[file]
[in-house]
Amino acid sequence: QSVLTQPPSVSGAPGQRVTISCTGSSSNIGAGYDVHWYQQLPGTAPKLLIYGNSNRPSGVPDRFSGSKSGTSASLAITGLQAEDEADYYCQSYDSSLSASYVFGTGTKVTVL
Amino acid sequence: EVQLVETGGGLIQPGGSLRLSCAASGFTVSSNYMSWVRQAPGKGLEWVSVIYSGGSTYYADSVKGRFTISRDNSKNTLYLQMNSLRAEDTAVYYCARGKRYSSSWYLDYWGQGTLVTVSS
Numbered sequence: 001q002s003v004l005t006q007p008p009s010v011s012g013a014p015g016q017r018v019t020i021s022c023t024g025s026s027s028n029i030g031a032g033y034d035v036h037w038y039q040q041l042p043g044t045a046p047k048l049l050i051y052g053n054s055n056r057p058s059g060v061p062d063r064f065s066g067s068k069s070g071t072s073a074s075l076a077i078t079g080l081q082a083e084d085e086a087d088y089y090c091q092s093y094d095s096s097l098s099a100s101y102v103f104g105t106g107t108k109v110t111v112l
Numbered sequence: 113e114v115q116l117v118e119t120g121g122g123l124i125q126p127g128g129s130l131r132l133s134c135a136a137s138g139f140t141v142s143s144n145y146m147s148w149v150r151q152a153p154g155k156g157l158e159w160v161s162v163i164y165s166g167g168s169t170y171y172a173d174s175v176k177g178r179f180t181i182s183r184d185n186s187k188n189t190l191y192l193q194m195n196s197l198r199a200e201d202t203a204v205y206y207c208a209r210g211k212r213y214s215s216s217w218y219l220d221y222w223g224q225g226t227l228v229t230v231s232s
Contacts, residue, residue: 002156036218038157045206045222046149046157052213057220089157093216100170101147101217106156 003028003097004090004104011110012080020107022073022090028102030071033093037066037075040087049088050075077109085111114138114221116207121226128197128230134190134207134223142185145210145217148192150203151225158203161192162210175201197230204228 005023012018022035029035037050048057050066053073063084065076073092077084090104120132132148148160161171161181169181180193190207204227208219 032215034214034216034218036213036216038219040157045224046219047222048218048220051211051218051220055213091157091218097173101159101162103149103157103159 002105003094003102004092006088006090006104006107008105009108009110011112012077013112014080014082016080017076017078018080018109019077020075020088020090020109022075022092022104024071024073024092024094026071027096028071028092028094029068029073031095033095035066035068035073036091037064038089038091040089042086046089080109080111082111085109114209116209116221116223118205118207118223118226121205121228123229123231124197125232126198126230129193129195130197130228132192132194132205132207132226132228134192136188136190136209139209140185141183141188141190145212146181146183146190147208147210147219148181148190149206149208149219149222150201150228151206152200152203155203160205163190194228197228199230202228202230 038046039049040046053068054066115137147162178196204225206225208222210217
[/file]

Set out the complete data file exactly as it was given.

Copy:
[in-house]
Amino acid sequence: QSVLTQPPSVSGAPGQRVTISCTGSSSNIGAGYDVHWYQQLPGTAPKLLIYGNSNRPSGVPDRFSGSKSGTSASLAITGLQAEDEADYYCQSYDSSLSASYVFGTGTKVTVL
Amino acid sequence: EVQLVETGGGLIQPGGSLRLSCAASGFTVSSNYMSWVRQAPGKGLEWVSVIYSGGSTYYADSVKGRFTISRDNSKNTLYLQMNSLRAEDTAVYYCARGKRYSSSWYLDYWGQGTLVTVSS
Numbered sequence: 001q002s003v004l005t006q007p008p009s010v011s012g013a014p015g016q017r018v019t020i021s022c023t024g025s026s027s028n029i030g031a032g033y034d035v036h037w038y039q040q041l042p043g044t045a046p047k048l049l050i051y052g053n054s055n056r057p058s059g060v061p062d063r064f065s066g067s068k069s070g071t072s073a074s075l076a077i078t079g080l081q082a083e084d085e086a087d088y089y090c091q092s093y094d095s096s097l098s099a100s101y102v103f104g105t106g107t108k109v110t111v112l
Numbered sequence: 113e114v115q116l117v118e119t120g121g122g123l124i125q126p127g128g129s130l131r132l133s134c135a136a137s138g139f140t141v142s143s144n145y146m147s148w149v150r151q152a153p154g155k156g157l158e159w160v161s162v163i164y165s166g167g168s169t170y171y172a173d174s175v176k177g178r179f180t181i182s183r184d185n186s187k188n189t190l191y192l193q194m195n196s197l198r199a200e201d202t203a204v205y206y207c208a209r210g211k212r213y214s215s216s217w218y219l220d221y222w223g224q225g226t227l228v229t230v231s232s
Contacts, residue, residue: 002156036218038157045206045222046149046157052213057220089157093216100170101147101217106156 003028003097004090004104011110012080020107022073022090028102030071033093037066037075040087049088050075077109085111114138114221116207121226128197128230134190134207134223142185145210145217148192150203151225158203161192162210175201197230204228 005023012018022035029035037050048057050066053073063084065076073092077084090104120132132148148160161171161181169181180193190207204227208219 032215034214034216034218036213036216038219040157045224046219047222048218048220051211051218051220055213091157091218097173101159101162103149103157103159 002105003094003102004092006088006090006104006107008105009108009110011112012077013112014080014082016080017076017078018080018109019077020075020088020090020109022075022092022104024071024073024092024094026071027096028071028092028094029068029073031095033095035066035068035073036091037064038089038091040089042086046089080109080111082111085109114209116209116221116223118205118207118223118226121205121228123229123231124197125232126198126230129193129195130197130228132192132194132205132207132226132228134192136188136190136209139209140185141183141188141190145212146181146183146190147208147210147219148181148190149206149208149219149222150201150228151206152200152203155203160205163190194228197228199230202228202230 038046039049040046053068054066115137147162178196204225206225208222210217